Harvesting power of 140-character journalism

July 29th, 2011 - 11:08 am ICT by IANS  

Facebook New Delhi, July 29 (IANS) One hundred and forty characters can be quite a constraint for a scribe, but in the age of Twitter, Facebook and Google Plus, he must learn to harvest the wealth of a 70-character headline, says a US-based Indian social media tech whiz.

“Many journalists say they cannot express themselves in 140 characters. But I have seen that no headline is more than 70 characters for the 600 to 1,000 words of content below,” Sree Sreenivasan, who is dean of students affairs and professor at Columbia Journalism School, told IANS in an interview.

“Journalists can use 60 to 70 characters on social networking sites as a link to their 1,000-word content,” he said. One hundred and forty characters is the maximum limit that can be used for writing on Twitter.

Journalism in the social media could also become a fashion statement, the tech guru who also co-founded the influential South Asian Journalists Association (SAJA), said.

Outlining a future scenario, Sreenivasan said, “Consider this: ‘India loses test’. The headline will not take up more than 40 characters. One can always read it on Twitter, go to a party and exclaim, ‘it is very sad, India has lost the test,’” he said.

That is the power of 140-character journalism, he said.

Sreenivasan, hailed as one of the 35 most influential people in the social media, was in the city as part of his staggered India tour to address students and professionals on “Facebook vs. Google+ :Compliment or Competition” at the American Center Wednesday.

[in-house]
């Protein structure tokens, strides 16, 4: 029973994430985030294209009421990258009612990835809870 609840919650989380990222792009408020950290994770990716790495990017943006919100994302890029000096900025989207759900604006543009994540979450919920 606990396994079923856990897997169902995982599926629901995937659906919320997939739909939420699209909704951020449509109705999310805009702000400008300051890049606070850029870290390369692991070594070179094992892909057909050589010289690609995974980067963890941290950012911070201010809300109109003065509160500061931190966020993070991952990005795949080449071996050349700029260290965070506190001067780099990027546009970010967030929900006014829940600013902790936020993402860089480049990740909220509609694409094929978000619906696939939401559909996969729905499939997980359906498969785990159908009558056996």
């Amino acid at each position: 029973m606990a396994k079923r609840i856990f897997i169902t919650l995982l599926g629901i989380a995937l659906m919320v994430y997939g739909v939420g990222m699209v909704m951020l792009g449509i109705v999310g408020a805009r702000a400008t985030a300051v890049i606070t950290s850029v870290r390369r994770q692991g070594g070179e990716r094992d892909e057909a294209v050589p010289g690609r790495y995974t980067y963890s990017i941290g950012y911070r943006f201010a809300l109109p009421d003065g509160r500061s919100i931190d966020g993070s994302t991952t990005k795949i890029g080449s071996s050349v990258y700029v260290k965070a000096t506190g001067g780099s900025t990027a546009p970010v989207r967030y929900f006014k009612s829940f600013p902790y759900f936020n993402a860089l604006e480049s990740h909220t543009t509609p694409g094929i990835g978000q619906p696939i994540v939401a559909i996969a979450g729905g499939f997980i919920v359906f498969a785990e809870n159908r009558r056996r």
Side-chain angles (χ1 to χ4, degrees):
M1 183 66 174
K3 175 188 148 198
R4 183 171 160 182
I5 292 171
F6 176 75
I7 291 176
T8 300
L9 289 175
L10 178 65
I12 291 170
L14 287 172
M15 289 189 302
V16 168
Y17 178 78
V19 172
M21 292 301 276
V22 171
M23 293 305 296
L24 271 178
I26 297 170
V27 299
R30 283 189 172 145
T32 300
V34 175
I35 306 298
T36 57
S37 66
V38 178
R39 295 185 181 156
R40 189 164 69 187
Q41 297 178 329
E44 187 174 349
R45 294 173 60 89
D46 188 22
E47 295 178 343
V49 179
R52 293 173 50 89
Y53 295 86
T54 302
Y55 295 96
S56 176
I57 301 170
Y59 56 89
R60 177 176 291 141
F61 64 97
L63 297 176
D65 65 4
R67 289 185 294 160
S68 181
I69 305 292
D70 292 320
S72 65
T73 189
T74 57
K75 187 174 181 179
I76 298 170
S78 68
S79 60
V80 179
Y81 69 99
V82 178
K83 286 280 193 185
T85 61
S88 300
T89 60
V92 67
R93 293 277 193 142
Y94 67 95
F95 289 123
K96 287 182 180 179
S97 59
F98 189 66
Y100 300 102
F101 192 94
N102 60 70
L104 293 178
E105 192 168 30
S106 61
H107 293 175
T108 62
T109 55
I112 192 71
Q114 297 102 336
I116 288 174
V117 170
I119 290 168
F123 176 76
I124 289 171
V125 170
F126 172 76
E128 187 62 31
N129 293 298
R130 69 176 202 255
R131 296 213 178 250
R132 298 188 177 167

Social networking sites help journalists in four important ways.

“They help journalists find new ideas, trends and sources, connect to the readers and viewers in new ways, bring eyeballs and traffic to your work and help journalists create, craft and enhance new skills,” he said.

Five years from now, Sreenivasan foresees “headline taking over news content in the media”.

“Five years is a lifetime. But in terms of headlines, at a time when there are more voices, more Twitter, more Facebook and more Google Plus, some think it will be bad for journalists, but I think it will be good for journalists,” Sreenivasan said.

“They will stand out. Trained, professional and smart journalists will have more demand, not less. Everyone hosts a Facebook or Twitter. But I would rather read the ones from a journalist because they have built a brand over some high school kids who are here on the social networking sites,” the communication guru said.

Sreenivasan said “his faculty at Columbia University forces all students to learn Facebook, Twitter and Four Square”.

“They should be on top of it,” Sreenivasan said. The tech whiz-kid “helps journalists and consumers use technology in smarter ways”.

And with more than 100 million-plus internet users in India, news headlines in the social media seem to be the way to go.

(Madhusree Chatterjee can be contacted at madhu.c@ians.in)

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